Can Organized Youth Activities Protect Against Internalizing Problems Among Adolescents Living in Violent Homes?


  • This research was supported by grant R01HD057945 from the Eunice Kennedy Shriver National Institute of Child Health and Human Development.

Requests for reprints should be sent to Margo Gardner, National Center for Children and Families, Teachers College, Columbia University, Thorndike Hall, Box 39, 525 West 120th Street, New York, NY 10027. E-mail:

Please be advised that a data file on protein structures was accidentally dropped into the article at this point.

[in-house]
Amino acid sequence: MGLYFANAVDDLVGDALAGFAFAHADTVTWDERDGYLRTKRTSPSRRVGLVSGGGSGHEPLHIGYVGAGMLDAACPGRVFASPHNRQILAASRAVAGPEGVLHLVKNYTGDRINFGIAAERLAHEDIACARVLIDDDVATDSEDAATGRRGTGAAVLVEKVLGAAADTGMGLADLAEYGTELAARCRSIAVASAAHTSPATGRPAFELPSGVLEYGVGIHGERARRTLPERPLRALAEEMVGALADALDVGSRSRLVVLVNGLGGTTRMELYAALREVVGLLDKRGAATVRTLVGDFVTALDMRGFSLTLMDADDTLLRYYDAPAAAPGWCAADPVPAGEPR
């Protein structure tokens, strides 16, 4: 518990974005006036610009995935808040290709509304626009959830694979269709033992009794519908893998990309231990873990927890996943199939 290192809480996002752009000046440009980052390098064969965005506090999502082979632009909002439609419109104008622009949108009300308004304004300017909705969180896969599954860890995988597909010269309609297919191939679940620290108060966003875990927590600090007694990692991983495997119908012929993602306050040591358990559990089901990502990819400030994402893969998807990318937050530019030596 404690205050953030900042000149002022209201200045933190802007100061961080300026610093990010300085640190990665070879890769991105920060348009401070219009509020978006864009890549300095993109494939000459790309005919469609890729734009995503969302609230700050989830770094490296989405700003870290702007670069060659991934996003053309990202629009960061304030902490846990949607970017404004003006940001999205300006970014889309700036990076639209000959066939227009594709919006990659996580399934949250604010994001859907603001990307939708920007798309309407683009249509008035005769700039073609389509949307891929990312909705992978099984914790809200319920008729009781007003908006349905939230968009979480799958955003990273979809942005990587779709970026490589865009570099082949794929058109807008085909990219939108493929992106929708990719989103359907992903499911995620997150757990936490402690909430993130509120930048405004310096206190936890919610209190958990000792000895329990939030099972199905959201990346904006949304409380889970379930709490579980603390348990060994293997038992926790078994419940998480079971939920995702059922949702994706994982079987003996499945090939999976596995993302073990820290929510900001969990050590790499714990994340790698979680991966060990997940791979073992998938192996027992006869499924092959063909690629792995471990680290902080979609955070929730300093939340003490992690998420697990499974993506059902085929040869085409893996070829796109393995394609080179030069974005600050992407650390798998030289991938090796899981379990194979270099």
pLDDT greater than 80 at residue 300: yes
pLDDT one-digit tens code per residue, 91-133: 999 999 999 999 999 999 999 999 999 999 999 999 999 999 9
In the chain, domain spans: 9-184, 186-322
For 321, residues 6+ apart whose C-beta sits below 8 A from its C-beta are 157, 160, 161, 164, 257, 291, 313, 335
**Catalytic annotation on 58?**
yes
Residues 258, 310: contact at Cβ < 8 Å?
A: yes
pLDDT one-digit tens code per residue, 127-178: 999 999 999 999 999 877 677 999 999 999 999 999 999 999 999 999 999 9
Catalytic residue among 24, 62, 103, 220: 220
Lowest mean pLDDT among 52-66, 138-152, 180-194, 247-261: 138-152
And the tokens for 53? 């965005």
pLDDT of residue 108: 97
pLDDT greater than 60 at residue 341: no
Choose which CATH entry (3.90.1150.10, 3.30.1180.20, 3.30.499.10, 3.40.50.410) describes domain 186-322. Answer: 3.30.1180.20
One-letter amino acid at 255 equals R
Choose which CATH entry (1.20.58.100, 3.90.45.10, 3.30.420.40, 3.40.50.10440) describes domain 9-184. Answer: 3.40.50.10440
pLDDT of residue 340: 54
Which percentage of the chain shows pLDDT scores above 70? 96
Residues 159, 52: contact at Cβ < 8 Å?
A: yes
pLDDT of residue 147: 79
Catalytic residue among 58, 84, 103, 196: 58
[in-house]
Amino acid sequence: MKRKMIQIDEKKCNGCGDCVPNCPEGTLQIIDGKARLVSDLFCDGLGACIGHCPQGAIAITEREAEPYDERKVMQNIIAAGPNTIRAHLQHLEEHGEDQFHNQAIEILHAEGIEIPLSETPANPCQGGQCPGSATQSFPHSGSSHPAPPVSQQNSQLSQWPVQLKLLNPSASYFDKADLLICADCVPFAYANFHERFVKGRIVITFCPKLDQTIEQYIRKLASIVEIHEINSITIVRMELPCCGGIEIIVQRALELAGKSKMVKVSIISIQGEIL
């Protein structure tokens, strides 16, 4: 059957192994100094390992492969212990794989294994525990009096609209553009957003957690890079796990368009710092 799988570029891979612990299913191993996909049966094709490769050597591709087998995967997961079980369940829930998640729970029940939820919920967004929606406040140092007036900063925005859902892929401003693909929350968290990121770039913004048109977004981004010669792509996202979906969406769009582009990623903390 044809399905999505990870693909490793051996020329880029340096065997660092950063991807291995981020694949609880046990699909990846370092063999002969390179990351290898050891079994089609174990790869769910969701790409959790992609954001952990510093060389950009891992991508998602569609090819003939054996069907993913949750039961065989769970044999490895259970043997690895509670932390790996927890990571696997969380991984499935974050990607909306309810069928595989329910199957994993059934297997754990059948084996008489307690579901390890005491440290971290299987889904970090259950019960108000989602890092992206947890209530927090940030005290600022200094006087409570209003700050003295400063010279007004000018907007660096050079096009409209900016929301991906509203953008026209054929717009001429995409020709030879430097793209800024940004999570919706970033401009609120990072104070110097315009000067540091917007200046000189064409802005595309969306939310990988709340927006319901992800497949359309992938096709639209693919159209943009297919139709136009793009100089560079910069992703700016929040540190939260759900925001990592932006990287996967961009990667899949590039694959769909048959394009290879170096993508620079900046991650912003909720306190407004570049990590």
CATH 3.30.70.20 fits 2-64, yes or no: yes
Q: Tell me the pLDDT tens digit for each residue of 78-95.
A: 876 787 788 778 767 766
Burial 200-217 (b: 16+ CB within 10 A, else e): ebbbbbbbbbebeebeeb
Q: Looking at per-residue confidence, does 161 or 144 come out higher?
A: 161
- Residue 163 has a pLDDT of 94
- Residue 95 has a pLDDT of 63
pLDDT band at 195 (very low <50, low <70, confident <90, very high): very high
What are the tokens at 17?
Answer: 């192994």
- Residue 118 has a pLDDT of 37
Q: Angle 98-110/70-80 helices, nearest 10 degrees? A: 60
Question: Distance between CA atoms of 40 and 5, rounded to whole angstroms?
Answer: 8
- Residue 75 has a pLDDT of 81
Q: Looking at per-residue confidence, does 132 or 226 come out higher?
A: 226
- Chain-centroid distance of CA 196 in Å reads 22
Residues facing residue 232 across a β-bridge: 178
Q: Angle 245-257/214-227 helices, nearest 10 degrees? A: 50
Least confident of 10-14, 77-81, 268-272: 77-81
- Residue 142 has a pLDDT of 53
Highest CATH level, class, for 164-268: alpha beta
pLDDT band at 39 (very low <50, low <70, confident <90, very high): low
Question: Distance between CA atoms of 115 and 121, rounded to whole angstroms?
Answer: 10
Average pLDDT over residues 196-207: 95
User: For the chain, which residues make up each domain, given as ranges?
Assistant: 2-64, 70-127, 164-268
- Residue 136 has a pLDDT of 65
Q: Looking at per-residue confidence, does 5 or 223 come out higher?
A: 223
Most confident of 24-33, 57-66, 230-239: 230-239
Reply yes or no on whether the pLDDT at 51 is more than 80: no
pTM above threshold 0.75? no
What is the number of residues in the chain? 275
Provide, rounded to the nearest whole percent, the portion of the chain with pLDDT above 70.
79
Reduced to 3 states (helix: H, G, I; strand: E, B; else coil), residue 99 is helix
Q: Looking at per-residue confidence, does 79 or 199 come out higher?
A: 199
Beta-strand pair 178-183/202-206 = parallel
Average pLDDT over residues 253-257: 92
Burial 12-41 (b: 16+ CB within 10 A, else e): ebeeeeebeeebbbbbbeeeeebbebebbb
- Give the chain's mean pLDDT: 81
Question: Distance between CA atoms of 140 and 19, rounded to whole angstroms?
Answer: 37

Using longitudinal data from a subsample of Hispanic, African American, and White youth enrolled in the Project on Human Development in Chicago Neighborhoods (= 1,419), we examined the effects of both parental involvement in domestic violence and youth participation in organized out-of-school-time activities on internalizing symptoms during adolescence. We also examined the extent to which participation in organized activities protected youth against the internalizing consequences of domestic violence. We found that intensive participation in either afterschool programs or extracurricular activities was inversely associated with youth internalizing problems. Moreover, we found that intensive participation in afterschool programs weakened the association between parents' domestic violence and youths' internalizing problems.